51

Look at this simple code:

struct Point {
    int x;
    int y;
};

void something(int *);

int main() {
    Point p{1, 2};

    something(&p.x);

    return p.y;
}

I expect, that main's return value can be optimized to return 2;, as something doesn't have access to p.y, it only gets a pointer to p.x.

But, none of the major compilers optimize the return value of main to 2. Godbolt.

Is there something in the standard, which allows something to modify p.y, if we only give access to p.x? If yes, does this depend on whether Point has standard layout?

What if I use something(&p.y);, and return p.x; instead?

  • 9
    I don't understand the downvote and the flag. This is perfectly reasonable question to me. – Zereges Sep 17 at 17:13
  • stackoverflow.com/questions/50803202/… "Implementation alignment requirements might cause two adjacent members not to be allocated immediately after each other" – alter igel Sep 17 at 17:13
  • @alterigel: this shouldn't matter, as we can use offsetof. But I'm not sure that we can actually get a pointer to p.y from p.x, with the new pointer semantic rules of C++17. std::launder cannot be used, as a pointer to p.x can only reach p.x. So even if I could move the pointer to the correct location, maybe that pointer won't point to the object of p.y. – geza Sep 17 at 17:17
  • 1
    If you change it to void something(int * x) { *(x+1) = 6; } it optimizes the return value to a fixed 6, so the compiler at least sees that as a valid option to do. – t.niese Sep 17 at 17:20
  • 1
    @zereges, didn't downvote, but almost did. The question is very hard to parse. I believe the OP is asking: "why can't the compiler realize the something() function will not modify p.y ?" If the OP asked that directly, there'd be less downvotes. – Jeffrey Sep 17 at 17:26
51

This is perfectly well-defined:

void something(int *x) {
    reinterpret_cast<Point*>(x)->y = 42;
}

The Point object (p) and its x member are pointer-interconvertible, from [basic.compound]:

Two objects a and b are pointer-interconvertible if:

  • [...]
  • one is a standard-layout class object and the other is the first non-static data member of that object, or, if the object has no non-static data members, any base class subobject of that object ([class.mem]), or:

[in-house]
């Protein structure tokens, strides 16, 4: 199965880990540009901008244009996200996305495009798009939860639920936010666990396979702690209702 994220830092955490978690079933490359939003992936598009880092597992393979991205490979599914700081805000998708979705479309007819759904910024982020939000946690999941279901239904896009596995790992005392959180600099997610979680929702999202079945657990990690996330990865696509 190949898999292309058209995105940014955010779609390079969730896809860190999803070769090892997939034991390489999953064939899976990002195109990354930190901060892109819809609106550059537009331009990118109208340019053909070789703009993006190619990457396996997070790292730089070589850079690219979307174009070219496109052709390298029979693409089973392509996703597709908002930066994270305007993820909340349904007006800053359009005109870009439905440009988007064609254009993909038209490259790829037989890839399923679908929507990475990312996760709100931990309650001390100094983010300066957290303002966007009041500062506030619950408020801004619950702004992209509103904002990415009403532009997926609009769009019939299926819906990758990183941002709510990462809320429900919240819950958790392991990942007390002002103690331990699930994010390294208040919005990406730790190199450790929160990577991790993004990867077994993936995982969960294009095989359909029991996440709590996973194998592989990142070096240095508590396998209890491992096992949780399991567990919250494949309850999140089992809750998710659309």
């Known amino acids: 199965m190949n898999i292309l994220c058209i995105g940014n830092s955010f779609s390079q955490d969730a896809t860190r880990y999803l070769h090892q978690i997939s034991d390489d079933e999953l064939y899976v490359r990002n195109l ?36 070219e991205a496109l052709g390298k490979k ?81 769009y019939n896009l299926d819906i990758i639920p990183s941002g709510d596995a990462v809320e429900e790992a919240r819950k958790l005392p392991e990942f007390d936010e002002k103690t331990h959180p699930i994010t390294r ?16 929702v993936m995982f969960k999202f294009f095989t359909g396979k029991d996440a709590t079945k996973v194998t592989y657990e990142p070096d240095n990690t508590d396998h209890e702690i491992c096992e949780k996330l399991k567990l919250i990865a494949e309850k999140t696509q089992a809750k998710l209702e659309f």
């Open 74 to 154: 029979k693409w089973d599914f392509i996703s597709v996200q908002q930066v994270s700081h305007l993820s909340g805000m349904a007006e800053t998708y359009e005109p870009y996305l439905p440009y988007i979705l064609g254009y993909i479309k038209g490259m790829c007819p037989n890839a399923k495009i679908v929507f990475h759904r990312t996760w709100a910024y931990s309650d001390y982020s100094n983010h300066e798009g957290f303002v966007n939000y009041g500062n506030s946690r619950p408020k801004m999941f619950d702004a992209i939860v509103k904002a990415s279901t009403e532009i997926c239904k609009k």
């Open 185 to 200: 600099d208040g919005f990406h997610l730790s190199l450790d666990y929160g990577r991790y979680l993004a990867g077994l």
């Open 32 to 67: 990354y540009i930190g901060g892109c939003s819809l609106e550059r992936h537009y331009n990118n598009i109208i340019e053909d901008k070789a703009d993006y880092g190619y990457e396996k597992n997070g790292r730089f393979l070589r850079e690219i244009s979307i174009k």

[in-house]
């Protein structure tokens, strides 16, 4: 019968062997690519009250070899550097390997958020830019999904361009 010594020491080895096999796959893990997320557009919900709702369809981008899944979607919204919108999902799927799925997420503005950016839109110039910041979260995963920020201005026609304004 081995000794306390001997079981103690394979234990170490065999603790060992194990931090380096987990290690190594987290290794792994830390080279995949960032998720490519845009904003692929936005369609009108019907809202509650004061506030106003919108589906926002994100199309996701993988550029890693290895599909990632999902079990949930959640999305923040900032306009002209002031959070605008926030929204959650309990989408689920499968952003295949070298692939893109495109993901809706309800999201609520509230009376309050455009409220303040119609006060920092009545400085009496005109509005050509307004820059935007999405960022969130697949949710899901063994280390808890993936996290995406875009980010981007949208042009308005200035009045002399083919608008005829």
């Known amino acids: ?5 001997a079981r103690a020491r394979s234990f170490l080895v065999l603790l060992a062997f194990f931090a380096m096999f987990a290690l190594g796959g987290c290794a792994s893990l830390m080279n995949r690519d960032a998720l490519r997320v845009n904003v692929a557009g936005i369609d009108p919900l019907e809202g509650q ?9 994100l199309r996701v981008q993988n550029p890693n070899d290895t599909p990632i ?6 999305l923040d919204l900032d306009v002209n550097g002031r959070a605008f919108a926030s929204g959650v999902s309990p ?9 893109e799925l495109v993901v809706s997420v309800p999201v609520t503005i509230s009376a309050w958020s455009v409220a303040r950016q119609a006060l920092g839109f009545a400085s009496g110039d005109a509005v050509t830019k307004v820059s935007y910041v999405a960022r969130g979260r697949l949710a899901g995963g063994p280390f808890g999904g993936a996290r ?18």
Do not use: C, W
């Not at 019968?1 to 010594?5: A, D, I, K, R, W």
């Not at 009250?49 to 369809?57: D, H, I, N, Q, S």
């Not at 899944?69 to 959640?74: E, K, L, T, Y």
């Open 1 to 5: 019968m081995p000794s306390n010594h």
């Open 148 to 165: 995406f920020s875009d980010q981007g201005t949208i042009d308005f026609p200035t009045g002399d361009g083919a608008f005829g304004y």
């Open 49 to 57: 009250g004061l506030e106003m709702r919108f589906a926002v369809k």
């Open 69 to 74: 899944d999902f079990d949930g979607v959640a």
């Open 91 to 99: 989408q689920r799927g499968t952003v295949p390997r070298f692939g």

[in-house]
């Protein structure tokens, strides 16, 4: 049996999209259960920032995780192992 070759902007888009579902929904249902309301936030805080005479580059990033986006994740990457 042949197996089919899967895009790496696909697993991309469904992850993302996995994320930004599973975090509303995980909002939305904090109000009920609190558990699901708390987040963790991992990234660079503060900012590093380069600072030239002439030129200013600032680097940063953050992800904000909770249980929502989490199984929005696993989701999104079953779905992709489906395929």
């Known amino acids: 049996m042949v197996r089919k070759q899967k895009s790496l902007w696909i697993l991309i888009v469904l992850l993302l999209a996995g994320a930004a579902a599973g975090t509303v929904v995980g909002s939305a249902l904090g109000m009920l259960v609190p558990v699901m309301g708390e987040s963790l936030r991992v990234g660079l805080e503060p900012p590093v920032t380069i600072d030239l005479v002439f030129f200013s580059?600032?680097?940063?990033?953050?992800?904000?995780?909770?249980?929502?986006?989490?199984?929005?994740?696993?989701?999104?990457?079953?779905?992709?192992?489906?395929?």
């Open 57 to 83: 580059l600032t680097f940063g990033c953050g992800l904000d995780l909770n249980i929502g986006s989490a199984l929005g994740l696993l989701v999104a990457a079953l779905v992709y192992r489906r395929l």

• [...]

If two objects are pointer-interconvertible, then they have the same address, and it is possible to obtain a pointer to one from a pointer to the other via a reinterpret_­cast.

That reinterpret_cast<Point*>(x) is valid and does end up with a pointer that points to p. Hence, modifying it directly is fine. As you can see, the standard-layout part and the first non-static data member part are significant.


Although it's not like the compilers in question optimize out the extra load if you pass a pointer to p.y in and return p.x instead.

  • 1
    Thanks, I knew that I left a hole in my question. So, if I used something(&p.y); return p.x;, then it is clearly a missed optimization? – geza Sep 17 at 17:24
  • 1
    @geza Technically, yes, it would be a missed optimization then, but I don't think major compilers, at this time, are prepared to break all the existing code that uses offsetof. – Brian Sep 17 at 17:29
  • 2
    Doesn't that violate the strict-aliasing rule? Or is that a C-only rule? – sturcotte06 Sep 17 at 17:40
  • 2
    @sturcotte06 it does not because of If two objects are pointer-interconvertible, then they have the same address, and it is possible to obtain a pointer to one from a pointer to the other via a reinterpret_­cast. – NathanOliver Sep 17 at 17:40
  • 3
    Am I missing something here? the cast changes the pointer to p.x into a pointer to Point, but nonetheless, it's still pointing at the same memory location? That would mean this only works because x is the first member, and thus exists at the same memory location as the 'parent' object Point p? So if we were to pass &p.y into the function, we would get different behaviour (undefined?) – Baldrickk Sep 18 at 9:06

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